Jean-Louis Gassée:

The iPad situation is serious. As an old warrior of the early Mac years recently said, one worries that Apple’s current leadership is unable to say No to bad ideas. Do Apple senior execs actually use the iPad’s undiscoverable and, once discovered, confusing multitasking features? Did they sincerely like them? Perhaps they suffer a lack of empathy for the common user: They’ve learned how to use their favorite multitasking gestures, but never built an internal representation of what we peons would feel when facing the iPad’s “improvements”.

Ben Thompson:

There are, needless to say, no companies built on the iPad that are worth anything approaching $1 billion in 2020 dollars, much less in 1994 dollars, even as the total addressable market has exploded, and one big reason is that $4.99 price point. Apple set the standard that highly complex, innovative software that was only possible on the iPad could only ever earn 5 bucks from a customer forever (updates, of course, were free).

I have a more optimistic outlook on the iPad than many of the bigger influencers within the community. It’s far from perfect, but I think the state of iPad is overall positive. There are issues with the multitasking interface, text selection, mediocre mouse support, and more — I trust that these annoyances will be smoothed out over time, though.

And even with these issues, my iPad is still my primary personal computing device. With the help of Fantastical, Day One, Bear, Things, Ulysses, Spark, Slack, Code Editor by Panic, Pixelmator, and more, I can do just about everything I was using my Mac for prior to going iPad-first in 2015.

There are still plenty of limitations on the iPad, but the ceiling feels higher for me than it does on macOS. The key is access to automation through Shortcuts. On macOS, I’ve used Alfred, Quicksilver, Automator, and countless other apps within the category, but I’ve never been able to build anything quite as advanced as I have with Shortcuts.

It’s difficult to feel pessimistic about a platform that is home to a productivity tool that has clicked for me like Shortcuts has. And seeing Apple integrate it into the system as deeply as they have shows that they get it. It’s just a matter of tightening things up and continuing to aim the ship in its current direction.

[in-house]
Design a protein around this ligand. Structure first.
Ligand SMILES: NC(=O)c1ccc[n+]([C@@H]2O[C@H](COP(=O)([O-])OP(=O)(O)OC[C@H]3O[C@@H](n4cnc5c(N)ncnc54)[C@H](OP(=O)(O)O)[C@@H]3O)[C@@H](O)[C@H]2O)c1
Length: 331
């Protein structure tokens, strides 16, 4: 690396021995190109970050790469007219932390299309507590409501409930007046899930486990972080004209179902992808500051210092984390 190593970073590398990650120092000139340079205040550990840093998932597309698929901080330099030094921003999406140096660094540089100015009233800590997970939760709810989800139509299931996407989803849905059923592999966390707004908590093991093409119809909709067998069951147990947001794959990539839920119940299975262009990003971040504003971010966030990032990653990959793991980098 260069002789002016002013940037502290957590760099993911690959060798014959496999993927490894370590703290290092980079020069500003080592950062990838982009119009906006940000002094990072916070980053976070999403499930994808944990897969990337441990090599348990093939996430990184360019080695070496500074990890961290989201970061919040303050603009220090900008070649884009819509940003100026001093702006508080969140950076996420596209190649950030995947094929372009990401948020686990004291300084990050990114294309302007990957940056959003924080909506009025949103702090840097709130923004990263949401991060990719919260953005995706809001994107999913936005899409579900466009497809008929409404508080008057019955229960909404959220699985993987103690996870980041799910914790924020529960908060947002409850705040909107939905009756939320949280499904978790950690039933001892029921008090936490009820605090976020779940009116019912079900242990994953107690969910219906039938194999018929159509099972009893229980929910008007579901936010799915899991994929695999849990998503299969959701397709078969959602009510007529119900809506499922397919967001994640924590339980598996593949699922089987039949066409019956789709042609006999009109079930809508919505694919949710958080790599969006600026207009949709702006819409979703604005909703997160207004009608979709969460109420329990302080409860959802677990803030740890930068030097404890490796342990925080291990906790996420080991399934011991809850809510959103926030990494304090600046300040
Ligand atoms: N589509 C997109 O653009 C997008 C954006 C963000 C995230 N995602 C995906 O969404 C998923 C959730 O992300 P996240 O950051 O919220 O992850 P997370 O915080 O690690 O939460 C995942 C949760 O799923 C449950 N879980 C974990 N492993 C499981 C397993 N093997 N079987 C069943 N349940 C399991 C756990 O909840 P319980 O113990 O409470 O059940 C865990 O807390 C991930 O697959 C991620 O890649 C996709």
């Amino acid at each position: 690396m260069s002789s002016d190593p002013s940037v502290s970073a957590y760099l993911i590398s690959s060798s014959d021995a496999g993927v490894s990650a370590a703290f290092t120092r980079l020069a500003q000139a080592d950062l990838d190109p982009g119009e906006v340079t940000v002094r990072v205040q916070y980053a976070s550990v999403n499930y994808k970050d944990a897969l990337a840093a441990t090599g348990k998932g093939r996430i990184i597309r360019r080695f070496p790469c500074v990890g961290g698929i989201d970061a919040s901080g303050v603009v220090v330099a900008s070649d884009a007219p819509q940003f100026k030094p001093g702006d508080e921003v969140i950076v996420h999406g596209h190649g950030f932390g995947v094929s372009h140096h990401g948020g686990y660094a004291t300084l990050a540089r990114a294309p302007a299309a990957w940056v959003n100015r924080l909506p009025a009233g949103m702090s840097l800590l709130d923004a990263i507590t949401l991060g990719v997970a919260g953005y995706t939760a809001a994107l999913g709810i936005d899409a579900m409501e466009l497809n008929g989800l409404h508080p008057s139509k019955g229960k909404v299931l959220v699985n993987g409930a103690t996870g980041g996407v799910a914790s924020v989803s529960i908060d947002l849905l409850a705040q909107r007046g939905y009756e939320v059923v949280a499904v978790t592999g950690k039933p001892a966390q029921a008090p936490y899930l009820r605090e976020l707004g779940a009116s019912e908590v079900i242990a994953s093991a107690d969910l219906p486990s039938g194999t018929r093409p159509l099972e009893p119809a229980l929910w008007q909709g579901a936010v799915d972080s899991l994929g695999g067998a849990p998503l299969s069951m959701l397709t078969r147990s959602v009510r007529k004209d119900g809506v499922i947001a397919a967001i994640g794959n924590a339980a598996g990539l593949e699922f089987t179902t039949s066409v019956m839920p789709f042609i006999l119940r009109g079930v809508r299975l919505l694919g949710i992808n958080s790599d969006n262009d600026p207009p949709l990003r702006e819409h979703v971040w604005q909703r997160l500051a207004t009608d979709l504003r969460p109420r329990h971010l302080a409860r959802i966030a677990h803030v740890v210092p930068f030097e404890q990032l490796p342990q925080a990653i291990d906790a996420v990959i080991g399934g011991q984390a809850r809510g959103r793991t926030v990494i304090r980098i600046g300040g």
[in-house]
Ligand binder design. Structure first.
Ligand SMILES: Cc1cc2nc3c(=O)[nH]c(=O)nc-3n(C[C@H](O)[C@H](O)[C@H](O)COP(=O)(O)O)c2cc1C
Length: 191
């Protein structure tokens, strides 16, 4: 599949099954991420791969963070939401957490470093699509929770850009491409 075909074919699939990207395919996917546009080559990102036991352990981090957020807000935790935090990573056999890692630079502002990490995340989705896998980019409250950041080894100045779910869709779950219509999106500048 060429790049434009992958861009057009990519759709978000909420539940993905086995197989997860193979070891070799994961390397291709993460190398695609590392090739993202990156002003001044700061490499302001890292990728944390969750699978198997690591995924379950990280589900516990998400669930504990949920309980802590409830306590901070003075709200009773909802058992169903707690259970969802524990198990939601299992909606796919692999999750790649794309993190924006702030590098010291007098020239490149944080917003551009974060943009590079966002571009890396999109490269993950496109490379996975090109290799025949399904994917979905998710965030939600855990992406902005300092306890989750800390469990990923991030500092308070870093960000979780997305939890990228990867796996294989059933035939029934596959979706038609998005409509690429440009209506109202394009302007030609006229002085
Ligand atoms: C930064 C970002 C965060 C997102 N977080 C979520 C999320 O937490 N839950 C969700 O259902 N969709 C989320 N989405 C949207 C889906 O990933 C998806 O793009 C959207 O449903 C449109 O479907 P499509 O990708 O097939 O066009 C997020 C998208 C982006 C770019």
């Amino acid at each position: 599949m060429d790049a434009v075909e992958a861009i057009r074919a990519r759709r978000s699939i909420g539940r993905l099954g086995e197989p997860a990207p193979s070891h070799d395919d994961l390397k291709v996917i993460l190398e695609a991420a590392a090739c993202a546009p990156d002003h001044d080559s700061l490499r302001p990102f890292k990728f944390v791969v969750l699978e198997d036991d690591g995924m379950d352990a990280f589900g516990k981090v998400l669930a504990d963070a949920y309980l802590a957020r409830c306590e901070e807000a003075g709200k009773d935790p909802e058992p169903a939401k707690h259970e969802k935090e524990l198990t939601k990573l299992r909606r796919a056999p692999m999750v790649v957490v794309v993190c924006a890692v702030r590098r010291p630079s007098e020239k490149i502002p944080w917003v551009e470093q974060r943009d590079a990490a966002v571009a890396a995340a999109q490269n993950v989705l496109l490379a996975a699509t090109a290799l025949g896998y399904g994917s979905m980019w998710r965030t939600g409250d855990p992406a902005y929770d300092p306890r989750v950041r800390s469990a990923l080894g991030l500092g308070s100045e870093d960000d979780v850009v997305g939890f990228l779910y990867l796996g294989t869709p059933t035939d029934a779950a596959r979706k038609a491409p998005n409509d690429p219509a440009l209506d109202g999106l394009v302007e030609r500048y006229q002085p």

Taking Stock of Subscriptions ➝

Nick Heer, on the subscription pricing trend:

But, especially over the long term, I think users will find it fatiguing — at best — to live in a world where we pay hundreds of dollars a month to listen to music, use software, and store files. There are advantages: we can listen to most music of our choosing on demand; our software is constantly up to date and regularly has new features; the files we store are synced across our devices.

Extrapolated over a longer term, however, these niceties start to feel like lock-in. What if your music listening habits don’t change all that much? What if you don’t really need all those new features, or you’re frustrated that you feel forced to relearn a piece of software you’ve relied upon for years because an update changed the UI dramatically? What if you only edit most of your files from the same device?

I’ve embraced subscription pricing for some things — like the software that I use and rely on every single day. I’m looking at you, 1Password, Ulysses, TextExpander, Overcast, Day One, and Bear. But there’s a part of me that feels like subscription services are a terrible trap in other contexts.

Take music, for example. What happens in ten years when the pace with which you listen to new music slows? You find yourself listening to the same hundred albums over and over again. In previous generations? No big deal. You bought your records, 8-tracks, or cassettes and can listen to them until they physically cease to function.

But with subscription services, you either keep paying or go through the costly process of buying the music you truly care about. Because you never actually bought the albums, you just paid a monthly fee for access to them.